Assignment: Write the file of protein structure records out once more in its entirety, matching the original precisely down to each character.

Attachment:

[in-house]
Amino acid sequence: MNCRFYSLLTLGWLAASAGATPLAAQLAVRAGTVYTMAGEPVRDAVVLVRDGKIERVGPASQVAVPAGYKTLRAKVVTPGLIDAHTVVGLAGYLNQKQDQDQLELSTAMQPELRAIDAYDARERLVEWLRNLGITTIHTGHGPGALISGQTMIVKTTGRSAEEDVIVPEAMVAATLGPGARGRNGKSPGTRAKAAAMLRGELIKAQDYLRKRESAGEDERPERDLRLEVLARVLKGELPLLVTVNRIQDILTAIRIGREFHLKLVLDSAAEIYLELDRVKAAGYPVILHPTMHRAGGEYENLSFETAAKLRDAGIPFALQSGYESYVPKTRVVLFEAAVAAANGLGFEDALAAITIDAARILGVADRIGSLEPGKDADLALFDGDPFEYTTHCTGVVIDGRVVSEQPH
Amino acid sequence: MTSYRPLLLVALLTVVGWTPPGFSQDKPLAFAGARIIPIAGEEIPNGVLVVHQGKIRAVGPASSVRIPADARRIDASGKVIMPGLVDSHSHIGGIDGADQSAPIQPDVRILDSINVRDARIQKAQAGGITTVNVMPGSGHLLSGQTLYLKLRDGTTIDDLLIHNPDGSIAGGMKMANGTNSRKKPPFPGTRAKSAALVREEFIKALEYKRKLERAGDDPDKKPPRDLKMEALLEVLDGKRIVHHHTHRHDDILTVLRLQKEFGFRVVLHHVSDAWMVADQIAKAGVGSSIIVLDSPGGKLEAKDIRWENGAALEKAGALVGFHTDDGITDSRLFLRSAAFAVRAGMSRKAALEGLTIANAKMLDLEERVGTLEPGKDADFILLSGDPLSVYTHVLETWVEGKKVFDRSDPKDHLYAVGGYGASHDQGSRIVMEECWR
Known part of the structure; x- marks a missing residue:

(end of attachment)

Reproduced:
[in-house]
Amino acid sequence: MNCRFYSLLTLGWLAASAGATPLAAQLAVRAGTVYTMAGEPVRDAVVLVRDGKIERVGPASQVAVPAGYKTLRAKVVTPGLIDAHTVVGLAGYLNQKQDQDQLELSTAMQPELRAIDAYDARERLVEWLRNLGITTIHTGHGPGALISGQTMIVKTTGRSAEEDVIVPEAMVAATLGPGARGRNGKSPGTRAKAAAMLRGELIKAQDYLRKRESAGEDERPERDLRLEVLARVLKGELPLLVTVNRIQDILTAIRIGREFHLKLVLDSAAEIYLELDRVKAAGYPVILHPTMHRAGGEYENLSFETAAKLRDAGIPFALQSGYESYVPKTRVVLFEAAVAAANGLGFEDALAAITIDAARILGVADRIGSLEPGKDADLALFDGDPFEYTTHCTGVVIDGRVVSEQPH
Amino acid sequence: MTSYRPLLLVALLTVVGWTPPGFSQDKPLAFAGARIIPIAGEEIPNGVLVVHQGKIRAVGPASSVRIPADARRIDASGKVIMPGLVDSHSHIGGIDGADQSAPIQPDVRILDSINVRDARIQKAQAGGITTVNVMPGSGHLLSGQTLYLKLRDGTTIDDLLIHNPDGSIAGGMKMANGTNSRKKPPFPGTRAKSAALVREEFIKALEYKRKLERAGDDPDKKPPRDLKMEALLEVLDGKRIVHHHTHRHDDILTVLRLQKEFGFRVVLHHVSDAWMVADQIAKAGVGSSIIVLDSPGGKLEAKDIRWENGAALEKAGALVGFHTDDGITDSRLFLRSAAFAVRAGMSRKAALEGLTIANAKMLDLEERVGTLEPGKDADFILLSGDPLSVYTHVLETWVEGKKVFDRSDPKDHLYAVGGYGASHDQGSRIVMEECWR
Known part of the structure; x- marks a missing residue: